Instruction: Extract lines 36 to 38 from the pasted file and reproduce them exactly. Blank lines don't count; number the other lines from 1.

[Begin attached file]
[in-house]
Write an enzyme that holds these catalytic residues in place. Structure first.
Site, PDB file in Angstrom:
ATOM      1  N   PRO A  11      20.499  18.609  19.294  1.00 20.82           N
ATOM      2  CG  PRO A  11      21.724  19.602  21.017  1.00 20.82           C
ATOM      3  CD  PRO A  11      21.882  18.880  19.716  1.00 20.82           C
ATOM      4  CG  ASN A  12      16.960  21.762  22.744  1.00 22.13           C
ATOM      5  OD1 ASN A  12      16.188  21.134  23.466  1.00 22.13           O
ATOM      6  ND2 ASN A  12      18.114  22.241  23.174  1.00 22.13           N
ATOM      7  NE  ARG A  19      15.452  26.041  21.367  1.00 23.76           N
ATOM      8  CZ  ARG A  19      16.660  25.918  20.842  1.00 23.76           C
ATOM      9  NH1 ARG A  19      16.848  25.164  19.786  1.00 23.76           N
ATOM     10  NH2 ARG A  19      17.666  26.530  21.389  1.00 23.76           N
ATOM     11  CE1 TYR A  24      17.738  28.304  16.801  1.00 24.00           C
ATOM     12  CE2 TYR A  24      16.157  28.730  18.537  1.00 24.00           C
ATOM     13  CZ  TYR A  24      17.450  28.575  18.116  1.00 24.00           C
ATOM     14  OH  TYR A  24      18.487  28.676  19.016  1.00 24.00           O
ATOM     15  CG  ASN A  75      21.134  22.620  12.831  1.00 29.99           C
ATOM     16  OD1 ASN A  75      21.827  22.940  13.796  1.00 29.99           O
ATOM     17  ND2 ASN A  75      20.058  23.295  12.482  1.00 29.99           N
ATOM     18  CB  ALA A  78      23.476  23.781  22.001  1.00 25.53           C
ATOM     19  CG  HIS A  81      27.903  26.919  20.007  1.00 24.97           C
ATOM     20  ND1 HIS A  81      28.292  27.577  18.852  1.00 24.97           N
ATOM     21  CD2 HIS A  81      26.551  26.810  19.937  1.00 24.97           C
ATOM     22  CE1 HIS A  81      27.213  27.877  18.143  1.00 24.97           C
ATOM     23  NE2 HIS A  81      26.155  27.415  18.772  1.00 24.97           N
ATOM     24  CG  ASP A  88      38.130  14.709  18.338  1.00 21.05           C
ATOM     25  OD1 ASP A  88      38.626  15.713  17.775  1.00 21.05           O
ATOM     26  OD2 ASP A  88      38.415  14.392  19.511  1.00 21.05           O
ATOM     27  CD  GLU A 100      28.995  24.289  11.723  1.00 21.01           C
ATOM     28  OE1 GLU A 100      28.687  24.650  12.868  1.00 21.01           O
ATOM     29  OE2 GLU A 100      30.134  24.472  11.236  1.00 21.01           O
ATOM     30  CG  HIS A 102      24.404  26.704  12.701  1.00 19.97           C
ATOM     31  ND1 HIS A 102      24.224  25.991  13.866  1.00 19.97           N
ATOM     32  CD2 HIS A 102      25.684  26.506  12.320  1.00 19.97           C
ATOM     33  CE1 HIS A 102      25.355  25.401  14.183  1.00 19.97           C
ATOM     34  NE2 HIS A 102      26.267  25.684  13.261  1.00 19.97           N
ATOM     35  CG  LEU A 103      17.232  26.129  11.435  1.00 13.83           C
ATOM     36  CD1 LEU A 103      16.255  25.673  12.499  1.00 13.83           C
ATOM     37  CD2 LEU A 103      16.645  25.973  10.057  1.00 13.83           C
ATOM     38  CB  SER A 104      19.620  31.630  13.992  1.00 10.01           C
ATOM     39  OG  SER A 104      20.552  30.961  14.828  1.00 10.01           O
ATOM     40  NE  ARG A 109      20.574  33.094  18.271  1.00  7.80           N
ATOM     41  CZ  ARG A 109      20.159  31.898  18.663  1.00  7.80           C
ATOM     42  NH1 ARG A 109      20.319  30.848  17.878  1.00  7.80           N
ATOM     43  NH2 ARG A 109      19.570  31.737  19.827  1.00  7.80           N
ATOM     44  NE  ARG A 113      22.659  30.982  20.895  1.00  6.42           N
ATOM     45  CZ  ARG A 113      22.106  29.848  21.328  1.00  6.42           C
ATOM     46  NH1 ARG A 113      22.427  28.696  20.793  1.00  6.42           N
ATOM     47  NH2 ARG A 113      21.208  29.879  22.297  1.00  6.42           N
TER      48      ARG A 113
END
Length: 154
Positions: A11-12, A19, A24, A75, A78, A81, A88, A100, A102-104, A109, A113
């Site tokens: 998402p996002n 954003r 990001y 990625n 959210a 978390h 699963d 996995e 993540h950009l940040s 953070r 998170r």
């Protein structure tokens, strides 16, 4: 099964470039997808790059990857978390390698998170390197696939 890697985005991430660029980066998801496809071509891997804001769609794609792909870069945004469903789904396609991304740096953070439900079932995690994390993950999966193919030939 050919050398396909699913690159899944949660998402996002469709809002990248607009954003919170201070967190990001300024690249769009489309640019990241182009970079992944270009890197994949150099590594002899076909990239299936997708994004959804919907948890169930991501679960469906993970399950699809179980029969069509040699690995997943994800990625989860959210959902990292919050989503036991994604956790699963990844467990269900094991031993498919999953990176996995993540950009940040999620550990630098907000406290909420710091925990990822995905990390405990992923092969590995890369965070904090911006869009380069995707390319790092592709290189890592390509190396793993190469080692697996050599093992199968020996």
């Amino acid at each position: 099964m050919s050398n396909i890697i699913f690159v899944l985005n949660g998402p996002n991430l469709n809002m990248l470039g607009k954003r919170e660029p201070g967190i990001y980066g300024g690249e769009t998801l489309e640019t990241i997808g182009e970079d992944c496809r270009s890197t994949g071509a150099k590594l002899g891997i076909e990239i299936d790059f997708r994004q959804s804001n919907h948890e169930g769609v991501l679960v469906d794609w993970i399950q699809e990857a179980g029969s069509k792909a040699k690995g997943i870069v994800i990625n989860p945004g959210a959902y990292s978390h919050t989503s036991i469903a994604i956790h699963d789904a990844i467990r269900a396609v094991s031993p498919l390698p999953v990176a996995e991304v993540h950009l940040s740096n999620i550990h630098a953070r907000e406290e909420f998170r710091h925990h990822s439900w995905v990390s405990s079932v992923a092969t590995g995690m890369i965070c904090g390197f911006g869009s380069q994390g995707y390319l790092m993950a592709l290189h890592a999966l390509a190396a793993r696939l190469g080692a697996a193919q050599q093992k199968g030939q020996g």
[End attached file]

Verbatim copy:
ATOM     33  CE1 HIS A 102      25.355  25.401  14.183  1.00 19.97           C
ATOM     34  NE2 HIS A 102      26.267  25.684  13.261  1.00 19.97           N
ATOM     35  CG  LEU A 103      17.232  26.129  11.435  1.00 13.83           C